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This article is the third in AFC’s Cuts to the Cascade series, which focuses on the people, programs and communities representing columns of the HIV treatment cascade. All of the Cuts to the Cascade subjects are under threat of losing vital state support as a result of Governor Rauner’s proposed cuts to the Illinois budget.
Behind thirty front doors in Chicago live families that have stability — perhaps for the first time — thanks to the Housing, Health and Independent Living (HHIL) program. The heads of these households are living with HIV and have experienced homelessness, which has kept them on the fringes of society and prevented them from being able to take care of their health.
But people living in these 30 homes through HHIL — along with an estimated 10,500 other individuals across Illinois — could be devastatingly impacted by across-the-board cuts to the supportive housing budget in Illinois under Governor Bruce Rauner’s proposals for FY 2016.
For FY 2015, Illinois spent almost $14 million on supportive housing services for people experiencing homelessness and/or substance use issues. In Governor Rauner’s initial budget proposal, which is currently being debated among legislators in Springfield, that line item was cut completely.
HHIL is one of four supportive housing programs administered by the AIDS Foundation of Chicago (AFC) that faces drastic cuts if Rauner’s budget cuts stand. Like most supportive housing programs, HHIL aims to provide affordable housing and support services for people and families who would otherwise be homeless. These services can include medical care, behavioral health support, transportation help, food services and more.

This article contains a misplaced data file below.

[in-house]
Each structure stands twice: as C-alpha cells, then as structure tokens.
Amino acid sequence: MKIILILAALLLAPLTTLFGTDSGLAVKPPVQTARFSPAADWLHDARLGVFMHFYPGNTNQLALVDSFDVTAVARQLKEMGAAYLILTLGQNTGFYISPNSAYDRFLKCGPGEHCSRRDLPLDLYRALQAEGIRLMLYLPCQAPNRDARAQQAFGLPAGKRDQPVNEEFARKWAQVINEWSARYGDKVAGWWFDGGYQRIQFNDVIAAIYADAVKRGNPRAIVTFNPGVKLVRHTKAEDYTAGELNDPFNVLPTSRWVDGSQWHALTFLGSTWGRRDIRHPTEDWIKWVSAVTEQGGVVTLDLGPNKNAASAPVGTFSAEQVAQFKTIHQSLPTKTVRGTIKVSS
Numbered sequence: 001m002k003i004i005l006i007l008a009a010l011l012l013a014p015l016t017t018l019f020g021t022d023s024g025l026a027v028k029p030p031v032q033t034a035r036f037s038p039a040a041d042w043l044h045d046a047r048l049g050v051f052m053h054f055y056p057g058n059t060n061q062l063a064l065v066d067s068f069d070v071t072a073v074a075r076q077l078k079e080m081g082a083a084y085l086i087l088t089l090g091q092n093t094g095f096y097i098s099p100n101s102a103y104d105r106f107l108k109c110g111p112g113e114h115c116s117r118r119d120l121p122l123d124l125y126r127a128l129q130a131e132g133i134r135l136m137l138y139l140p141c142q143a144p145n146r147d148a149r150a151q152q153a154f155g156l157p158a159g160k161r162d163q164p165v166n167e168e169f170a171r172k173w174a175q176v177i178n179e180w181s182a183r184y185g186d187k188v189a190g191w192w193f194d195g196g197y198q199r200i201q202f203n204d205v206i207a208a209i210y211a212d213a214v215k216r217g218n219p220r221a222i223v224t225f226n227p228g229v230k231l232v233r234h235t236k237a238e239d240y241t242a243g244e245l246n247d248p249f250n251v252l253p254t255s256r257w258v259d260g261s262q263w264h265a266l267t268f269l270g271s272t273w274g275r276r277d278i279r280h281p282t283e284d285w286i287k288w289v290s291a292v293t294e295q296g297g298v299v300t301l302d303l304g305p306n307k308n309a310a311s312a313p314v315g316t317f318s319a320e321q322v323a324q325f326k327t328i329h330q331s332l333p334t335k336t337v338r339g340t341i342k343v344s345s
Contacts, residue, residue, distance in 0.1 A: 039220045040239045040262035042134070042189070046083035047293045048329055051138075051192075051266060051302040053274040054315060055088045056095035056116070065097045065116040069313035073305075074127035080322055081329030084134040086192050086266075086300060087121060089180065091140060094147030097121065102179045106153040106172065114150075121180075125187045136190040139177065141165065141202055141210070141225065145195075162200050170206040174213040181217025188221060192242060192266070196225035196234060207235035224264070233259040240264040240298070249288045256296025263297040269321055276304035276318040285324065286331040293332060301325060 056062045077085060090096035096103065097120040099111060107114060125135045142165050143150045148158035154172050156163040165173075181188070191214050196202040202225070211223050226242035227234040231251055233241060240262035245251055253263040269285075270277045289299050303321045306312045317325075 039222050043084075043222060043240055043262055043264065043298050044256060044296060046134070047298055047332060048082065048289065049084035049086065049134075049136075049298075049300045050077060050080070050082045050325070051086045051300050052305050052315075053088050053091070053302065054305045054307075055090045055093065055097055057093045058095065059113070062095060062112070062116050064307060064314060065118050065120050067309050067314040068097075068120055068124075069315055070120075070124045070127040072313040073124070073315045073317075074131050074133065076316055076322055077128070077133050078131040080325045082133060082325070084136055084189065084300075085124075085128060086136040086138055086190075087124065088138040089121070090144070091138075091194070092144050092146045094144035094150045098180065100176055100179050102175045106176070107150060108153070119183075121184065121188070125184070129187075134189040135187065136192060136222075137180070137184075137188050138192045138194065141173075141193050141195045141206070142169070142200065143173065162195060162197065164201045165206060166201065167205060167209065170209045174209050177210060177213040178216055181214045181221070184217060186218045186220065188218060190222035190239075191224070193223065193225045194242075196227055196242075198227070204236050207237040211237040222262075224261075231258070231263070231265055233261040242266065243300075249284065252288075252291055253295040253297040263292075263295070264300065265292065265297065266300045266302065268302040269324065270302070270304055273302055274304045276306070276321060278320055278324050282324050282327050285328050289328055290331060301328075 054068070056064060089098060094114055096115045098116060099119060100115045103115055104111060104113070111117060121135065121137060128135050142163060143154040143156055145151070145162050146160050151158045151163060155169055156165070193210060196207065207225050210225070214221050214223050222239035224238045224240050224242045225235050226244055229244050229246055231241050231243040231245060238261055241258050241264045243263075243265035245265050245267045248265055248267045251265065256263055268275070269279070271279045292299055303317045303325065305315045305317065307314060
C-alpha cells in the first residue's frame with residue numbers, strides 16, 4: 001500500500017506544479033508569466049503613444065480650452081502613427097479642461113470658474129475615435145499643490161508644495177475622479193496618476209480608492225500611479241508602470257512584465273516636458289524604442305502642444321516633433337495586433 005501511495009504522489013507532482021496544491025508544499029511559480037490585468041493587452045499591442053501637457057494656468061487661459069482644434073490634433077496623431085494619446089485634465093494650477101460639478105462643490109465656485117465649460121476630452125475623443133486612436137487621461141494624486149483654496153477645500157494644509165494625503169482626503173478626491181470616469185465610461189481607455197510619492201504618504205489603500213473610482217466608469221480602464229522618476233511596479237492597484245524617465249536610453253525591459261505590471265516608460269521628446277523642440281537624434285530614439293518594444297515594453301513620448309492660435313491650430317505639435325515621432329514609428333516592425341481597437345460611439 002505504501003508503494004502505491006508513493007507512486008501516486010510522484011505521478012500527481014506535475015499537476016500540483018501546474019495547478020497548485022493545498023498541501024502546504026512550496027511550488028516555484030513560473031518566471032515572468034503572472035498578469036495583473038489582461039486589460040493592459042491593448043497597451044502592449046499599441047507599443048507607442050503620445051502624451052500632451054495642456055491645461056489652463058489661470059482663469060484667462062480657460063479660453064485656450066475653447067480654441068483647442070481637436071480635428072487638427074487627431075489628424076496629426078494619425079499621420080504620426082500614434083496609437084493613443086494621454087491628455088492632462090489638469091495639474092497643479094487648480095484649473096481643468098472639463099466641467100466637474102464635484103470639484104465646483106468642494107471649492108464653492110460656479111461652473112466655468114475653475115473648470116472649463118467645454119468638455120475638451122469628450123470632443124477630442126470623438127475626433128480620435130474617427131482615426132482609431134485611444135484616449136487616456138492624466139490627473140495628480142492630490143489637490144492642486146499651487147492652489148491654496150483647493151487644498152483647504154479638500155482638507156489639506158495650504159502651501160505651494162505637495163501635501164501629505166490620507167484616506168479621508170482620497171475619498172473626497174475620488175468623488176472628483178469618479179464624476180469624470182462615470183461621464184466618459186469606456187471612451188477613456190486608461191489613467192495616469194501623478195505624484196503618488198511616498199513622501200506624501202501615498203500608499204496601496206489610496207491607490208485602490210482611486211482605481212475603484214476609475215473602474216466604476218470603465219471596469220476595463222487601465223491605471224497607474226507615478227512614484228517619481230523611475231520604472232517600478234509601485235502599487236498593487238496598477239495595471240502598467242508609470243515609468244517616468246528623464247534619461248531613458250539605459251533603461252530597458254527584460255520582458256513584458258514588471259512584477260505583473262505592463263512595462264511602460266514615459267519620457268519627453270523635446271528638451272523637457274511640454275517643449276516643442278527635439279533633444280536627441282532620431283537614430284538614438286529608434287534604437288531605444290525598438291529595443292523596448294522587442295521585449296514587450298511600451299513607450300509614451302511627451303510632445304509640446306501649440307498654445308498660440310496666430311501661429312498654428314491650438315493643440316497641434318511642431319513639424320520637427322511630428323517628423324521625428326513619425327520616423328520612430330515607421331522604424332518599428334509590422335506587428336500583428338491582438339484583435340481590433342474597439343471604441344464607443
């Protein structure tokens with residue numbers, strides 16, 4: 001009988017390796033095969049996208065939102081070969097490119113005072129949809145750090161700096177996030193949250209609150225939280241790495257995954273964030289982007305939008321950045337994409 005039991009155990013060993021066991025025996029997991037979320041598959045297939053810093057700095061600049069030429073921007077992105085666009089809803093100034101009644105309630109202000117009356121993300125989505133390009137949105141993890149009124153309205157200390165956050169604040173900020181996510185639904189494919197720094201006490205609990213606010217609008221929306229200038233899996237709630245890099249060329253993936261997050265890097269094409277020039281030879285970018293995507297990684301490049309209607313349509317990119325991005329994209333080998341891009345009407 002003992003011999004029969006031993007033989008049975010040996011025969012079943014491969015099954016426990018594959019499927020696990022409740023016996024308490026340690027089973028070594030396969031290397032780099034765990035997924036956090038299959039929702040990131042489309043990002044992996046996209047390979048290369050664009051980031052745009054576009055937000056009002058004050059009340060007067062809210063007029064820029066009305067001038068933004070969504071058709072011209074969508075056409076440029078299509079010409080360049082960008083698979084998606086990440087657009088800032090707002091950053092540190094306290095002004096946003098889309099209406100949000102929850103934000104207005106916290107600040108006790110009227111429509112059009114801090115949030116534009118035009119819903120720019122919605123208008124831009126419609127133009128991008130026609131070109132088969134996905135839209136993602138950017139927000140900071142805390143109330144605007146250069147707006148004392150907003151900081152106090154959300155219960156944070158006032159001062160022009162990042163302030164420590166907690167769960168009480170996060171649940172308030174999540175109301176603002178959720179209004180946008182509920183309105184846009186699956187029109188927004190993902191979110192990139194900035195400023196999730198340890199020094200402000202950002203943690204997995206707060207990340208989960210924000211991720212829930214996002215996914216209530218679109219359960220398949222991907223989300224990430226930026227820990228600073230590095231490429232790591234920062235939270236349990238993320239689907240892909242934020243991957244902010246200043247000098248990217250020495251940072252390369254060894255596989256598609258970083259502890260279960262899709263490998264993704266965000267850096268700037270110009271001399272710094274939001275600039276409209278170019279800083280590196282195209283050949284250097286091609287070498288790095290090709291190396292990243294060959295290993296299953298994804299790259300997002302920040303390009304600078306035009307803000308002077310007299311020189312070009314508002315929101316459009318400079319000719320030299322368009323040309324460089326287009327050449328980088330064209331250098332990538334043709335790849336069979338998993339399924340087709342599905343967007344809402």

“Supportive housing helps clients stabilize their lives,” said Angelique Miller, senior director of Housing and Supportive Service Programs at AFC. “Programs like HHIL help people go to work, to maintain stable employment.”
Without programs like HHIL, people with one or more chronic illnesses who lived on the streets for years, waiting to get into housing, could be forced back to square one.
HHIL serves a spectrum of people living with HIV, including pregnant, HIV-positive women who are referred through the Pediatric AIDS Chicago Prevention Initiative (PACPI). In total, 76 percent of HHIL’s homes are led by female heads of households.
Nancy, an HIV-positive HHIL client, has experienced a dramatic shift in her quality of life, health and pride thanks to her 12-year participation in the program. Read her complete story here.
“It feels great, not only that I am taking care of my home, but I am paying my rent — something I couldn’t do since years back,” said Nancy. “This program has made me very responsible.”
Supportive housing is one of many social services slated for life-altering cuts in Illinois, but research shows it is a uniquely successful strategy for helping retain people in medical care.
“Supportive housing is critical,” said David Sinski, Executive Director of Heartland Human Care Services and Vice President of Heartland Alliance, which partners with AFC to administer HHIL and also leads supportive service programs that aid over 500,000 people in Illinois and Michigan.